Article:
For all the hiccups, Maryland was exceeded its enrollment goal of 260,000 by approximately 40,000. And with that benchmark cleared, alongside the healthy national enrollment numbers, O'Malley argues that the politics of Obamacare have hit "a turning point" -- and that the law is viewed favorably enough that Democrats could use it proactively, even in the 2014 campaigns.

"I think in the longer arc of this narrative ... that the people will come around to believing that this has been a positive step forward for our country and not a misstep, as the opponents constantly try to characterize it," he said.

But even if health care reform emerges as a net positive, O'Malley wants to focus on bread-and-butter issues. He ticks off a laundry list of legislative accomplishments and economic data points during his various speeches and cable news appearances, from the raising the earned income tax credit, to living wage legislation, to Maryland's having the highest median income of any state.

His crowning achievement, however, came this past week with a bill to raise the state's minimum wage to $10.10 an hour.

In putting his state on par with Minnesota ($9.50 an hour) and Connecticut ($10.10), O'Malley has steered Maryland to the forefront of progressive governance. Though he takes umbrage with the suggestion that maneuvering this agenda through a Democratic-dominated state was easy.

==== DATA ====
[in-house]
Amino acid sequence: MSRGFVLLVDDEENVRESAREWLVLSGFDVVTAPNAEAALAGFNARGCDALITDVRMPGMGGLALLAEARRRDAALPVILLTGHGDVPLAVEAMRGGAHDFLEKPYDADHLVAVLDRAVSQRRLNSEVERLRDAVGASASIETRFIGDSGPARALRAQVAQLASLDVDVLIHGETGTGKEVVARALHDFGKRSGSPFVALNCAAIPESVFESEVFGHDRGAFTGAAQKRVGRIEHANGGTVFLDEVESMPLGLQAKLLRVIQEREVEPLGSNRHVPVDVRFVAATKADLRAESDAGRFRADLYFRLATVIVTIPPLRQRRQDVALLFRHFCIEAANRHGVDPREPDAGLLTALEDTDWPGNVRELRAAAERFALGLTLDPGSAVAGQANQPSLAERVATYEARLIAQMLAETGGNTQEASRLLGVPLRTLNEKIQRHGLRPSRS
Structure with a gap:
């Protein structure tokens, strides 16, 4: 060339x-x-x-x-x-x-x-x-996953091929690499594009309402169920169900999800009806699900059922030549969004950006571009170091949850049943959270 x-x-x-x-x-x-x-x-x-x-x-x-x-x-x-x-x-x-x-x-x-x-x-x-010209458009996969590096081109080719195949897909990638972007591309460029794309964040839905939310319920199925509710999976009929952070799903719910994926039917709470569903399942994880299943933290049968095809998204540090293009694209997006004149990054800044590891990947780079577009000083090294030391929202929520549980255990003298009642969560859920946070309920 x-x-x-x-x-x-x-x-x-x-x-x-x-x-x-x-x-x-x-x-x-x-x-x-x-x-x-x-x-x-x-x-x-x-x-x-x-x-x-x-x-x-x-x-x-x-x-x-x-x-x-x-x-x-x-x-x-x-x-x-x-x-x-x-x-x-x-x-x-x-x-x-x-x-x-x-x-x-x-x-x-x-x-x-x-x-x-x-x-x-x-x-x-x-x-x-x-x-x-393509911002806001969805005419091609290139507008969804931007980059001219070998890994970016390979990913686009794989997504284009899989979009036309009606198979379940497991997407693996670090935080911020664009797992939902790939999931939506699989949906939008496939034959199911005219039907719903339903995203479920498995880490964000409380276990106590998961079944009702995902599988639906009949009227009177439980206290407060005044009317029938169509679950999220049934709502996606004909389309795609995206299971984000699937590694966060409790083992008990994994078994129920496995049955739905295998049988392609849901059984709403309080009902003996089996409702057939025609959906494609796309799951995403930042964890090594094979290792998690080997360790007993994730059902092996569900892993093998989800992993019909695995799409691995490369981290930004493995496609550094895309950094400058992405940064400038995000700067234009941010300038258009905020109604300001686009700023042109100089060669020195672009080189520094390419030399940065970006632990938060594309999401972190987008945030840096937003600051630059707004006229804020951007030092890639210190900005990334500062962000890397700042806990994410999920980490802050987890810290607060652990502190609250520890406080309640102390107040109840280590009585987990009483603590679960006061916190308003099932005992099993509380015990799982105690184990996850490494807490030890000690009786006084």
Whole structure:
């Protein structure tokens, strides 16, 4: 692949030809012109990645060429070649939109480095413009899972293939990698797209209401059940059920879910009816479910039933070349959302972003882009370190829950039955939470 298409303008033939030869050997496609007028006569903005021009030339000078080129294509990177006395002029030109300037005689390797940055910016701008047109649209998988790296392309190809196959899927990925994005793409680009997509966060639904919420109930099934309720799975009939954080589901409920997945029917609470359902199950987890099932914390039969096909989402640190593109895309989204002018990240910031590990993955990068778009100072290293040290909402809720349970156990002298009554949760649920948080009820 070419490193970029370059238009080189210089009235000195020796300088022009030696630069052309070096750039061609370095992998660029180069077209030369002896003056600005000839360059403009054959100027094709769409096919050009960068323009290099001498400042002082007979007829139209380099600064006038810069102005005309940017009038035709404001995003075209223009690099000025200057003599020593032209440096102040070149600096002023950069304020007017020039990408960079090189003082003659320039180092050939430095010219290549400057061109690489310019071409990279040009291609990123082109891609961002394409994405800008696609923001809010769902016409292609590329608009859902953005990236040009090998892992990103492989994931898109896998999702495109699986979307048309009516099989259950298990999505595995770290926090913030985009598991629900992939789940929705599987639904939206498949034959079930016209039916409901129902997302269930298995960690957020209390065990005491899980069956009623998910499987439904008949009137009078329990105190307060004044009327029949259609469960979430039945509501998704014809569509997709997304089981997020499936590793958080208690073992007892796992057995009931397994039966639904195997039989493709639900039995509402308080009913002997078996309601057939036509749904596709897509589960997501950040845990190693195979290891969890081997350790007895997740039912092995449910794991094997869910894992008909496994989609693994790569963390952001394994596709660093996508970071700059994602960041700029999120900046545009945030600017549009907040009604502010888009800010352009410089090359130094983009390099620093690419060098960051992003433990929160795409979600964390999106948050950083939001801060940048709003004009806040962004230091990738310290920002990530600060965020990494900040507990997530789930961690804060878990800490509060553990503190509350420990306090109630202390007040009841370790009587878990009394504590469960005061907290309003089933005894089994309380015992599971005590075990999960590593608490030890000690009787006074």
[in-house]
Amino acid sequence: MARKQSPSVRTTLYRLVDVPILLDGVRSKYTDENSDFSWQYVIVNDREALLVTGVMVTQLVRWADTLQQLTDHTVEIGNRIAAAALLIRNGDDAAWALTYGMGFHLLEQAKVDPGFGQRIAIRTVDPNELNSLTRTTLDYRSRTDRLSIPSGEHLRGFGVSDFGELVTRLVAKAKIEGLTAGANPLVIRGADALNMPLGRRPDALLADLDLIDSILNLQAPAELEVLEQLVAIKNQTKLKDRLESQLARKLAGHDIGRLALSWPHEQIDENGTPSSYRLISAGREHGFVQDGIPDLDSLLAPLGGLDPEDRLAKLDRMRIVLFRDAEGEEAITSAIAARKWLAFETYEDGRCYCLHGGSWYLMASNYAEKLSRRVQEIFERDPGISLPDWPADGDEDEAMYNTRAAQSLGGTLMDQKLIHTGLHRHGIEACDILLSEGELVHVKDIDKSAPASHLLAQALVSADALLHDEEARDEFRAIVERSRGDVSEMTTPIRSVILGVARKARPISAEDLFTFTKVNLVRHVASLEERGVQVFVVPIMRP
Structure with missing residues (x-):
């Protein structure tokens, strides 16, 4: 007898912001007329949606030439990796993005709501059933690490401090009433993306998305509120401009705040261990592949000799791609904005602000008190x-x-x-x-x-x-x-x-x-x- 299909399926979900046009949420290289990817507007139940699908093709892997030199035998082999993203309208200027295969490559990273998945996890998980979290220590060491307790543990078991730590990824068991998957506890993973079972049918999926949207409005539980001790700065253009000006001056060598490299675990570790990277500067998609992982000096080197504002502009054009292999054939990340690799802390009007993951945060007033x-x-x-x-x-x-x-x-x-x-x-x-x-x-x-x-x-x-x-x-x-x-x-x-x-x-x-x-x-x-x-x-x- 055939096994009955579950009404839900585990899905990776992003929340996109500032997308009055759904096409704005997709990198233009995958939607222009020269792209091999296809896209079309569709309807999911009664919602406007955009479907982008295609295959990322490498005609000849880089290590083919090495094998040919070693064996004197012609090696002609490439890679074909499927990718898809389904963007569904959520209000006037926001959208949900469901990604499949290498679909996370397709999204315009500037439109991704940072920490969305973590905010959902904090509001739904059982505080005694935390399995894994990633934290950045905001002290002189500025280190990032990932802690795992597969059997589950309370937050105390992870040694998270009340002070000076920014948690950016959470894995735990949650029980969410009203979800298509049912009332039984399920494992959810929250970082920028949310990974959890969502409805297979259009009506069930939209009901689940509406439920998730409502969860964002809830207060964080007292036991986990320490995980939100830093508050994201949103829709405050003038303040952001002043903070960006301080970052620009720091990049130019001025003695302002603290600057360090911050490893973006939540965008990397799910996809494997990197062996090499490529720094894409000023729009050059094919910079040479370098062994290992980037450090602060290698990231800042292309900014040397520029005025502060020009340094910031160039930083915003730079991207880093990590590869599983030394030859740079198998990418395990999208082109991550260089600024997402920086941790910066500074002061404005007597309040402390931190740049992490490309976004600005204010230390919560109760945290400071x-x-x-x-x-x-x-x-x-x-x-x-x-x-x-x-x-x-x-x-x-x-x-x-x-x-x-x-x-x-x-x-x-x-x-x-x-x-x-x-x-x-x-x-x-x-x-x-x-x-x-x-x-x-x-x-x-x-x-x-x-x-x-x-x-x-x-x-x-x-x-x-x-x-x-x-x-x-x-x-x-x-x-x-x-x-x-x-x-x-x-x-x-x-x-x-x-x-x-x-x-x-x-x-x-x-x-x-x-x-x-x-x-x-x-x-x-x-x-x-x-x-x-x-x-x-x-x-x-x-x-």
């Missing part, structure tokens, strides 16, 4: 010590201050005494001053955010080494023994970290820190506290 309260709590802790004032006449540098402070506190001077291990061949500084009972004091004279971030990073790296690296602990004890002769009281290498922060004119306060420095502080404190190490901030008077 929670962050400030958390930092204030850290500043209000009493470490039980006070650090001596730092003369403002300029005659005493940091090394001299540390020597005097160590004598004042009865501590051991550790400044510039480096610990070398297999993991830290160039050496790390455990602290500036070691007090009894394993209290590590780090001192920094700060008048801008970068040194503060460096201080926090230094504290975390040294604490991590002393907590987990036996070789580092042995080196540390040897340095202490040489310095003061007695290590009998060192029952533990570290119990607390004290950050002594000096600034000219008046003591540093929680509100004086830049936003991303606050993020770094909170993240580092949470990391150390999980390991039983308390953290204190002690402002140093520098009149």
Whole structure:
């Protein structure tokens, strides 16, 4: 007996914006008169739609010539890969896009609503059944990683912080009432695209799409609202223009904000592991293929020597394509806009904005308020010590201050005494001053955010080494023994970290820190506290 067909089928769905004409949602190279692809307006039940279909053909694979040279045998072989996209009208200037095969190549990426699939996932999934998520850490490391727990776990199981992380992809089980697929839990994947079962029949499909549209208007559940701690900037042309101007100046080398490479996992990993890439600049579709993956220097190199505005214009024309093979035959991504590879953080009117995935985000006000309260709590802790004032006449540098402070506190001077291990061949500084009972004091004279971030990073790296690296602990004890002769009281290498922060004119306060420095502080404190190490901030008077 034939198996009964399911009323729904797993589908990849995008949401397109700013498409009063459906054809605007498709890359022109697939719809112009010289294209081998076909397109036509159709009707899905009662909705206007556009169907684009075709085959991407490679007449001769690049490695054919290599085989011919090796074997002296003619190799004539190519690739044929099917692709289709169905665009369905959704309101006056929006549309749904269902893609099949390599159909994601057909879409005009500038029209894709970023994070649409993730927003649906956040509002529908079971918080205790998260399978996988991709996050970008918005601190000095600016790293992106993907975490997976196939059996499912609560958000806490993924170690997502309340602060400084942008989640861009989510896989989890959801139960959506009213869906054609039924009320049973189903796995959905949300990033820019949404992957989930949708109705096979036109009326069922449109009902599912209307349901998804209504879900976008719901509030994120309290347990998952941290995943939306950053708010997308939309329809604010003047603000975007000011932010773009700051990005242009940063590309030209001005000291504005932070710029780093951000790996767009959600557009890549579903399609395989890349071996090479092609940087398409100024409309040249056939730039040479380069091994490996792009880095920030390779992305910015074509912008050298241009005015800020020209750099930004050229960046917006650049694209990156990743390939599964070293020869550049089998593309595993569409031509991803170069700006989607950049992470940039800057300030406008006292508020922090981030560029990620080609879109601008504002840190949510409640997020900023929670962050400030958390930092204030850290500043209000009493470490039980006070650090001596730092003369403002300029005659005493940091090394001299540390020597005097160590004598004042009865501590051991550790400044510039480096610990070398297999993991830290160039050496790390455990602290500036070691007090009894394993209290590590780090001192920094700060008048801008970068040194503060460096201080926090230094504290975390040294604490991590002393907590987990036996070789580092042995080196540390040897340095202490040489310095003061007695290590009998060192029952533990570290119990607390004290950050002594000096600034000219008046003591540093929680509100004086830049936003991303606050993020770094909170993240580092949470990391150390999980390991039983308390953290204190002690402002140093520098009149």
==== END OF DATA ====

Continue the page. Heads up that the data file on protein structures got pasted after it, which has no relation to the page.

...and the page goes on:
The minimum wage hike in particular faced skepticism from local businesses and conservative Democrats. And O'Malley was forced to make some trade-offs: The final bill exempts restaurant workers dependent on tip wages and those who work at amusement parks. Perhaps most significantly, however, is that the wage hike is not indexed to inflation, meaning that the state will likely have to revisit the issue again.

"That's true," O'Malley said of the minimum wage law's limitations. "And I think that's what the legislature wanted. It has never been indexed for inflation. It should be. That's what I proposed, as well as the tip wage ... The bills rarely come back to my desk as strong as they fly away from it. But we did get it done and it will be revisited. But in the meantime, I think that the conversation that it advanced is a far more constructive conversation."